Call Thy Husband
Jesus said to her, “Go, call your husband and come here.” 17 The woman answered and said, “I have no husband.” Jesus said to her, “You have well said, I have no husband, 18 For you have had five husbands, and the one whom you now have is not your husband; in that you spoke truly.” 19 The woman said to Him, “Sir, I perceive that You are a prophet. 20 Our Fathers worshipped on this mountain, and you Jews say that in Jerusalem is the place where one ought to worship.”
Ok, I want to set the record straight before continuing. Just because she had been married five times does not necessarily make her a bad person. That she was presently living in open sin, is a certainty, but divorce because she had given her husband no children was very common in these days, along with a husband dyeing the result of some illness or an accident was also quite common, so this in no way implies she was a terrible person. But, as I said, that fact that she lived openly with another man without being married for the time was unusual and certainly a sign that she was living in open sin. Now, having said this let’s continue.
Jesus, having now fully awakened her desire for “living water” Jesus suddenly changes the topic of conversation. He desires to awaken within the woman a conviction of her desperate need for this water. This he does by focusing attention on the secretes of her life. Why would Jesus do this? She was not yet ready to receive the “living water” for which she so casually asked in verse 15. First and foremost, there is the problem of the stagnant water of sin that must be removed. The old life of sin must die before the new life of righteousness can begin; for the two cannot exist side by side.
James 3:11, 12 states this so wonderfully, “Does a spring send forth fresh water and bitter from the same opening? Can a fig tree, my brethren bear olives, or a grapevine bear figs? Thus no spring yields both salt water and fresh.
Most people when coming to God, do not want to fully reveal what is in their heart. We see this in the way, she deflects Jesus from insight into her life. When Jesus asks her to bring her husband, she acknowledges only a little by saying I have no husband. But Jesus reveals that God knows the inner things of our heart. He sees all that we keep from others and so Jesus responds to her by saying that you are correct, but adds the other information that she wished to keep from others. She keeps it to herself for fear others will judge her harshly. But notice, Jesus just points out the facts and does not judge her at all. He uses this knowledge to further convince her that He is a prophet and she has a need for a Messiah. But she is still unwilling to go quite that far, so she changes the subject from herself to religion.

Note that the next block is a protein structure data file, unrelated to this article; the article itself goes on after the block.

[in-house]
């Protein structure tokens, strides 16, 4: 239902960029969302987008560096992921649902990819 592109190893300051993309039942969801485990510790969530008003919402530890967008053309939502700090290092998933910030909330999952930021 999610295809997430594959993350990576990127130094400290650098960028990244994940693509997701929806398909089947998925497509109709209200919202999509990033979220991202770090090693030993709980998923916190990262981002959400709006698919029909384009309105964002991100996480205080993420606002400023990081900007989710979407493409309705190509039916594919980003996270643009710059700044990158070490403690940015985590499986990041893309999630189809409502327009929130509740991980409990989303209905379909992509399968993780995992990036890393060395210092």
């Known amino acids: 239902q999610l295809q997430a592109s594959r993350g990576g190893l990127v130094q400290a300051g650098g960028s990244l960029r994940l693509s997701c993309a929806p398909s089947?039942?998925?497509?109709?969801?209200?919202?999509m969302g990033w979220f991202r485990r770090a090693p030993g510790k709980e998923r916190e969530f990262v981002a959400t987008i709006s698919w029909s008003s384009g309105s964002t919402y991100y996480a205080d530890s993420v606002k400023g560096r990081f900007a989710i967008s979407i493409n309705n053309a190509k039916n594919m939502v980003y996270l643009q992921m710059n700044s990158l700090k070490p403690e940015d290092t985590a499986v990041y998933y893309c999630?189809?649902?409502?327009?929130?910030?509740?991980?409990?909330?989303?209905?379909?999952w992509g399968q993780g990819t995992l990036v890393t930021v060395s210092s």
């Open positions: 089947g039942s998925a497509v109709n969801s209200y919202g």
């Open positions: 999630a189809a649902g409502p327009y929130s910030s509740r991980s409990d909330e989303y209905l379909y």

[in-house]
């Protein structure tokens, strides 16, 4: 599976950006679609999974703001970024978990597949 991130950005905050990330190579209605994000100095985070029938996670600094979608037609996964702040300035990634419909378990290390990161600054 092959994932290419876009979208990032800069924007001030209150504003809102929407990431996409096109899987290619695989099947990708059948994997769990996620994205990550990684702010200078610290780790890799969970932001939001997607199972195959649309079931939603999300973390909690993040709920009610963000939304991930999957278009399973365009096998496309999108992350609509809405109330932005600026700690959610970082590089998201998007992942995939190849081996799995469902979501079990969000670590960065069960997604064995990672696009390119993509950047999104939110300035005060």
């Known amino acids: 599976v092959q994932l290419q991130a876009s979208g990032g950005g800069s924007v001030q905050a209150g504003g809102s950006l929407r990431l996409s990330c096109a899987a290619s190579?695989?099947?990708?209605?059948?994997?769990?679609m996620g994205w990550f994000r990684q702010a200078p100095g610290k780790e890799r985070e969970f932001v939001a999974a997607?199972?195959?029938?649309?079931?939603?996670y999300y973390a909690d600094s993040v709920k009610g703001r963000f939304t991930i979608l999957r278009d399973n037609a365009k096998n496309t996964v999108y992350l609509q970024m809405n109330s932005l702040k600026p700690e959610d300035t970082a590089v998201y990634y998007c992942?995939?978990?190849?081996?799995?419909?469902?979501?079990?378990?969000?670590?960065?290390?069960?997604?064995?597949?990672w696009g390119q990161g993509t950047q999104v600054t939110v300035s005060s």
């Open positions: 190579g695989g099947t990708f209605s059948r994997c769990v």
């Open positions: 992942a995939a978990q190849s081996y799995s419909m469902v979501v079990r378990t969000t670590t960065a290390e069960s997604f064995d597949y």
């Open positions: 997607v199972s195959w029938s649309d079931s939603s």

She like all of us, when convicted of our error or sin, seek a way of escape. She doesn’t want to deal with the problem head on.
When studying with others, I have noticed this as well. The study is going great and you can see they are really listening and learning. All of a sudden, a question will come out of left field, and you say to yourself, “where did that come from.” It is an attempt by them to deflect what they are learning because it is starting to hit too close to home, they are being convicted of their need for a change and changing is always difficult.
What is needed, however, is not a clarification of the points brought up for argument. Jesus wasted no time discussing either His status as a “Prophet” or the matter of where to worship. Instead He simply directed the woman’s attention to the spirit of true worship and to Himself as the Messiah. This method as used by Christ will bring men and women to a decision, not tomorrow, or the next but rather today.
There comes a time in every person’s life in which they will be faced with making the decision to accept Christ as the Messiah or reject Him. What response do you have, and what was the response of our woman at the well?
This we will see in our next post.